How to Shoot Wildlife Photography

How to Shoot Wildlife Photography

Wildlife photography is not a cheap investment. It typically requires big, expensive, high-quality lenses and fast cameras to even begin to think about creating a quality wildlife photograph. However, there are many photographers who show up on game day with the equipment but not the game.

In my opinion, it is fine to be a trophy hunter with a camera because you are spending time in the wild and are only taking home photographs of the animals and not the animals themselves. But if you truly want to create an image where you’ll give a wild animal its moment to shine, you need more. You need to give your viewer a connection to that creature.

The Importance of Research in Wildlife Photography

A lot of wildlife is pattern oriented and migratory. This means that you can find massive gatherings of specific species at specific times of the year in specific locations. Many know about the wildebeest migration in Africa but did you know there are locations right here in the United States where you have the same type of scenarios?

Wildlife photography tips and tricks.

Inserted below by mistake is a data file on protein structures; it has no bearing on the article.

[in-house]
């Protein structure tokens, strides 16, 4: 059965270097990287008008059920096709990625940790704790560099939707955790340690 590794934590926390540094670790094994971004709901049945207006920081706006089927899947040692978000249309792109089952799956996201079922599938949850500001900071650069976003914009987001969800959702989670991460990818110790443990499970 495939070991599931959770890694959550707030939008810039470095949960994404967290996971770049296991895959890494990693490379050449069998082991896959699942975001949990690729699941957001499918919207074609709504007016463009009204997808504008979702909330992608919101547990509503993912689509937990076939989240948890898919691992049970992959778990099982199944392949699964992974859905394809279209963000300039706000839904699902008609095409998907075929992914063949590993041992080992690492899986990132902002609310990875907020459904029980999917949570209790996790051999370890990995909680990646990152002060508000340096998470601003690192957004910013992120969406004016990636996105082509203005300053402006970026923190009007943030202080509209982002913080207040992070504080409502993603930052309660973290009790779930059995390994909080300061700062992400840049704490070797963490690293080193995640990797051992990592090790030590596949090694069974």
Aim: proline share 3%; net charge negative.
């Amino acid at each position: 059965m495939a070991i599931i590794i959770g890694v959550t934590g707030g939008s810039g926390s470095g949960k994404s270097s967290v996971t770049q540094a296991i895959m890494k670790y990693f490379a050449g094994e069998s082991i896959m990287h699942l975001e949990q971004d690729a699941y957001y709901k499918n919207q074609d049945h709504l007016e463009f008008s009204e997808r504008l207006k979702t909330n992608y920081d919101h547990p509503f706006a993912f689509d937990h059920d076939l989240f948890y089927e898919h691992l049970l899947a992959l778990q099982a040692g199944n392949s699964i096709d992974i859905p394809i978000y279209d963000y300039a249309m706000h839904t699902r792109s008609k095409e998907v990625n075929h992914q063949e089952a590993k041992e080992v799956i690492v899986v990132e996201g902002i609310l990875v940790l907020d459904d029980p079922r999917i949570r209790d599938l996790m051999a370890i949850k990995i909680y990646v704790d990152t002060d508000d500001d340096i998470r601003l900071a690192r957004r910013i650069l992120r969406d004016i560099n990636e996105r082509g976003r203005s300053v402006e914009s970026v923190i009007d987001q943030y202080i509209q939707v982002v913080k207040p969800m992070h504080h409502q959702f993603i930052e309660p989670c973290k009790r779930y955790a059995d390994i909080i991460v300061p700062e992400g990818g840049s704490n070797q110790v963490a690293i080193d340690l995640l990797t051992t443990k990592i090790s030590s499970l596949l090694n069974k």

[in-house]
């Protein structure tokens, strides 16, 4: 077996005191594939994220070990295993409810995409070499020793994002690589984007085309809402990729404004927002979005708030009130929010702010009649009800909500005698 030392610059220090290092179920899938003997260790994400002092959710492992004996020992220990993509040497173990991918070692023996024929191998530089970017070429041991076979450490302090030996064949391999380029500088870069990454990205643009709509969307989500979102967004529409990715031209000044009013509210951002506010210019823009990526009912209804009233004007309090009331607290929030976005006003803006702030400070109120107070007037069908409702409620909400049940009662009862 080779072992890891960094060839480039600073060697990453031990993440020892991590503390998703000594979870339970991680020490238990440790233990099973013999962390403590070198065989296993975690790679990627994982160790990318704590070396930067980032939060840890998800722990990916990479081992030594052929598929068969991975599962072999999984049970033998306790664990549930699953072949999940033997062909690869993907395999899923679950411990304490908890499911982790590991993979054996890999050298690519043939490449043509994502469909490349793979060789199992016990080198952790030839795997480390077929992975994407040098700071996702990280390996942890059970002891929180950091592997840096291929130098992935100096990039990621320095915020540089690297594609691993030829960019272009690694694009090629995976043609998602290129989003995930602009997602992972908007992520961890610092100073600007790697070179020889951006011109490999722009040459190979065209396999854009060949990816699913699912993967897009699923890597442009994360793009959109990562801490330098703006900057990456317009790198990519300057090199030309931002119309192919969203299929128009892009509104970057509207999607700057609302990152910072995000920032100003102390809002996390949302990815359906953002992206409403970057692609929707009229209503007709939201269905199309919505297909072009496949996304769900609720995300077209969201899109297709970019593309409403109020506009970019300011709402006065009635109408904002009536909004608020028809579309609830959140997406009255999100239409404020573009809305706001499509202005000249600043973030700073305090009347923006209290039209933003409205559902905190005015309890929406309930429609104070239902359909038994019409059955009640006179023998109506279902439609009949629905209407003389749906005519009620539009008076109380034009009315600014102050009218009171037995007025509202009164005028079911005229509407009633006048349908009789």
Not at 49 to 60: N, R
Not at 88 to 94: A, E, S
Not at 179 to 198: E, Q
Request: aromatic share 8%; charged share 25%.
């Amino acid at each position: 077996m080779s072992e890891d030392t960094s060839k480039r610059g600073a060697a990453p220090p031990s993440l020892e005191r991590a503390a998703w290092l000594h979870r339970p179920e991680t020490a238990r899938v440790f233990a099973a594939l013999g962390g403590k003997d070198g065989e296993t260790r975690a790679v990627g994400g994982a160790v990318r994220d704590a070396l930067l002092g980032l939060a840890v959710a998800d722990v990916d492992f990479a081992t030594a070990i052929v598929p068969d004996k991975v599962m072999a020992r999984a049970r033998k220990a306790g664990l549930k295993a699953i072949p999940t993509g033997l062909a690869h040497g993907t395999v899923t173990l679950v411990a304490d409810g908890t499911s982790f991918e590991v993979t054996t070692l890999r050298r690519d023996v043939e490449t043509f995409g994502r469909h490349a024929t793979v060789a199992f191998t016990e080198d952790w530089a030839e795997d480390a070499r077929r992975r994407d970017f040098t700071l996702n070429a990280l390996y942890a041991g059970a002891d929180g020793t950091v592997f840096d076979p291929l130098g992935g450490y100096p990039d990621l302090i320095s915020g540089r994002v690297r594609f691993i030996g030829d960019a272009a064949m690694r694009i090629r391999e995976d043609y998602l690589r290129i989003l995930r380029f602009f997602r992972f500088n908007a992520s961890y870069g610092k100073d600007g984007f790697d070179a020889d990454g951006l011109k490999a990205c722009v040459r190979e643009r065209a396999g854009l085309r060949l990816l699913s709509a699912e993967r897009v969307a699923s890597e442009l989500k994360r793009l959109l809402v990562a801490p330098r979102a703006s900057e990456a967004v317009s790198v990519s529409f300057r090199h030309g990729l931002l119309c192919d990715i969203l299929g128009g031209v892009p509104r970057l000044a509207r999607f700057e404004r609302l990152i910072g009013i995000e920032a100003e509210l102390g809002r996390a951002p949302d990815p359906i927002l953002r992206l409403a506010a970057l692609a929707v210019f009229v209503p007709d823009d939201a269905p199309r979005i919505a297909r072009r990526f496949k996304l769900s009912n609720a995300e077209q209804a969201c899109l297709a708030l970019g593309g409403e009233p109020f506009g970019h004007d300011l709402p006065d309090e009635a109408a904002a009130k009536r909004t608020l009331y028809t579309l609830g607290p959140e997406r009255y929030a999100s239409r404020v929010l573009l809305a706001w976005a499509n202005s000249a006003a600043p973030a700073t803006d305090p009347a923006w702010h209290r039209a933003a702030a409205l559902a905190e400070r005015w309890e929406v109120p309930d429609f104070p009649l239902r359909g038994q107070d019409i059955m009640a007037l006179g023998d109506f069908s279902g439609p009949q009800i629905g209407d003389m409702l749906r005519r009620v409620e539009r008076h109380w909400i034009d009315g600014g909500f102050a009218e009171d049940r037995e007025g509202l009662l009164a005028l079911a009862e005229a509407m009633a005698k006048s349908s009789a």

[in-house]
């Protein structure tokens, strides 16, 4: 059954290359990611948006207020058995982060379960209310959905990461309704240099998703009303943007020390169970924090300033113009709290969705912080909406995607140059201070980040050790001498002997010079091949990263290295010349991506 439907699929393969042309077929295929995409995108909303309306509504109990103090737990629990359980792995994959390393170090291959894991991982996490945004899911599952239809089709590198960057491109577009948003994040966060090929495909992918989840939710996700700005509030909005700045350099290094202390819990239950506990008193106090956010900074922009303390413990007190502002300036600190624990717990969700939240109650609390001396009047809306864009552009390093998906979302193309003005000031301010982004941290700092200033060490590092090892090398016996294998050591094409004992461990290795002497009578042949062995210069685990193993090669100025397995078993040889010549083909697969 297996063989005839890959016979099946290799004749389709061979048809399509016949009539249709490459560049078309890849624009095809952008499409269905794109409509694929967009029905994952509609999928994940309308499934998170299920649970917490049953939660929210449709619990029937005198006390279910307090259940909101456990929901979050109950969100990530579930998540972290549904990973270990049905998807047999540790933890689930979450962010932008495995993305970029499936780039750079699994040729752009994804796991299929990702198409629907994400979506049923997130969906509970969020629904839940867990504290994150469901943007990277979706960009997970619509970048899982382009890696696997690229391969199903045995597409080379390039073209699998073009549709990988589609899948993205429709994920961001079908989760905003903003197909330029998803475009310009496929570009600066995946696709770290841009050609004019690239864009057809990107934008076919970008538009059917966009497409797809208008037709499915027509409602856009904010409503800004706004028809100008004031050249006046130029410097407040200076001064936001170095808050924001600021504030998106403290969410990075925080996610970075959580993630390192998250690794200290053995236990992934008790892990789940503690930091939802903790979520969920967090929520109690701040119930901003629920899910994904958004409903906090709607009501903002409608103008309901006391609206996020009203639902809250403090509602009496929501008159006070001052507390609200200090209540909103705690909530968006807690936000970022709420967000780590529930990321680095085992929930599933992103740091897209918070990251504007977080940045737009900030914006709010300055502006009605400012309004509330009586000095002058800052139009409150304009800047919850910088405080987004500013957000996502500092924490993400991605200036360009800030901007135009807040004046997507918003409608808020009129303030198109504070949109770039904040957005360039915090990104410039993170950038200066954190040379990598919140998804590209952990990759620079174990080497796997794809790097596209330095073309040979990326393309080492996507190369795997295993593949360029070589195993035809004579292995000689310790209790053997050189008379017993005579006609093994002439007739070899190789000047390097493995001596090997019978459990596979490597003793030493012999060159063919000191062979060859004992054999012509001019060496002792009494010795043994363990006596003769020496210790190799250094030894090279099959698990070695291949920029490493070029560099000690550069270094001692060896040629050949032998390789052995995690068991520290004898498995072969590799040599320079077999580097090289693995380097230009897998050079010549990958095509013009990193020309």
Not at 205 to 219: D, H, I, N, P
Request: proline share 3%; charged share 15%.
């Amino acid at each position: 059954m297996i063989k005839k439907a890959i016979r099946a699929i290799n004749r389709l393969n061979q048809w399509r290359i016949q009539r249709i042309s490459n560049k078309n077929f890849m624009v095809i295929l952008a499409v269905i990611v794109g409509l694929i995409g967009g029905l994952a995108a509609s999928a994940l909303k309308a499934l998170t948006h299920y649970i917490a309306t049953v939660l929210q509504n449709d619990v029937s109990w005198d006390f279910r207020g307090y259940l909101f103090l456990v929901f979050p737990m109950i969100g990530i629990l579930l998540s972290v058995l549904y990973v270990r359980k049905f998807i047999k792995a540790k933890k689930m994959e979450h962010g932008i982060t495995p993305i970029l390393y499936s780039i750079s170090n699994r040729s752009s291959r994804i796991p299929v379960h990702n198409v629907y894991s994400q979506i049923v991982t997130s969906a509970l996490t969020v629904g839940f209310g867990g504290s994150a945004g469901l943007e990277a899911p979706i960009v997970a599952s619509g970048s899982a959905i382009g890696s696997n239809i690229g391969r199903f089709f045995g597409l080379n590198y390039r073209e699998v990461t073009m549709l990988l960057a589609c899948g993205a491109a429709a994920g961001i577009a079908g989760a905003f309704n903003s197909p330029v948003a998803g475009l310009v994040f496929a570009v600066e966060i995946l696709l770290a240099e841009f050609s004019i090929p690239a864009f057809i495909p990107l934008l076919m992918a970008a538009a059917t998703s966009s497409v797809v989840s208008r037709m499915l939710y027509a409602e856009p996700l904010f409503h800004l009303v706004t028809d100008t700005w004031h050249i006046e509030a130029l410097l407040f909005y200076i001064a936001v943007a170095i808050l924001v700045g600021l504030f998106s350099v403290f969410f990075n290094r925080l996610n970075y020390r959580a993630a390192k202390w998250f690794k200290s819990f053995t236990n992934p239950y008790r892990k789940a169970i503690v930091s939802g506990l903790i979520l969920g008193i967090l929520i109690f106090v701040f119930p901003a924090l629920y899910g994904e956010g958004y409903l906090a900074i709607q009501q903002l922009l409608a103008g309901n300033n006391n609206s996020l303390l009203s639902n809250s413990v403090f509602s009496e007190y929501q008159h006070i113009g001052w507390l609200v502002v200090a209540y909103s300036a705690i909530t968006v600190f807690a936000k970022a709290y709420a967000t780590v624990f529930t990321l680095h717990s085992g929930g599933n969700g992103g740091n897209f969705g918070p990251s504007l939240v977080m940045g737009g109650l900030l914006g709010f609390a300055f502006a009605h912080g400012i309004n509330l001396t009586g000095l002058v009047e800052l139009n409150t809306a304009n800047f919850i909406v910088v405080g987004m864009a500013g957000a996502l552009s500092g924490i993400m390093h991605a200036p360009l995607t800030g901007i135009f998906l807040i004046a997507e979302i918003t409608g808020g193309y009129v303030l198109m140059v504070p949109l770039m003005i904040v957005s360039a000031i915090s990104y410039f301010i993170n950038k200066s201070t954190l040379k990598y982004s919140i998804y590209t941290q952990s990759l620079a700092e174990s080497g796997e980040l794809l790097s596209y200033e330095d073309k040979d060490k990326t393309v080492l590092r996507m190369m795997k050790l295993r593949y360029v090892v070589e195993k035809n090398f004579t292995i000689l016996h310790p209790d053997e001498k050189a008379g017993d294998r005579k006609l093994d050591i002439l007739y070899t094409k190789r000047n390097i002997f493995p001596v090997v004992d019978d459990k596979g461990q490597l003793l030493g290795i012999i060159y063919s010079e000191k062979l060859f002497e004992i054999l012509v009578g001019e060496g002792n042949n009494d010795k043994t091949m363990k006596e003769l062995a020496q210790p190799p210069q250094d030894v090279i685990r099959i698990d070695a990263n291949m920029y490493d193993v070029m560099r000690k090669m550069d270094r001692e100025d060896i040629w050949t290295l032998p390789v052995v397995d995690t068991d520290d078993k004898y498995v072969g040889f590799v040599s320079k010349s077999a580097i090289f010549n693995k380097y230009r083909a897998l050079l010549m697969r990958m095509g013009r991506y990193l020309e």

A mallard family takes a cruise in the Moose Ponds near Moose, Wyoming in Grand Teton National Park.

In my hometown of Jackson, Wyoming you can photograph ten thousand wintering elk less than a mile from downtown in the National Elk Refuge. If you head to New Mexico in late November, you can photograph tens of thousands of snow geese and sandhill cranes. By conducting a little research you will quickly figure out where to be for what you want to photograph.

You don’t want to come to Yellowstone to photograph frosty bison faces in May, you want to do that in January. Once you know more about your specific subject you will then be able to brainstorm the specific types of photos you can take of those subjects. Here are some of the photographic points that I think about whenever I encounter any wild animal.

Eyes are Crucial for Impactful Wildlife Portraits

Anytime you greet a new acquaintance, you shake their hand and look them in the eyes. Wildlife photography is no different. If we are taking a portrait of an animal, the eyes need to be in focus over anything else in the photograph. I want you to begin to think about an animal’s eyes as the windows to its soul.

Jay Goodrich's tips on wildlife portraits.

A portrait of a black-tailed jackrabbit in a meadow of South Texas.

Eyes show fear, they show sadness, anger, and even happiness, and if you can capture that emotion in an animal’s eyes, your viewer is going to have an equal reaction to that photograph. What’s your reaction to the rabbit above?

If you’re just starting out in wildlife photography and you’re finding it difficult to nail focus on the eyes, please check out All About Autofocus: Focus Area vs Focus Mode for Beginners, which also covers how to manually select your focus point.

Trying something different in wildlife photography with Jay Goodrich.

Snow geese lift off at sunrise to create an abstract motion blur in New Mexico.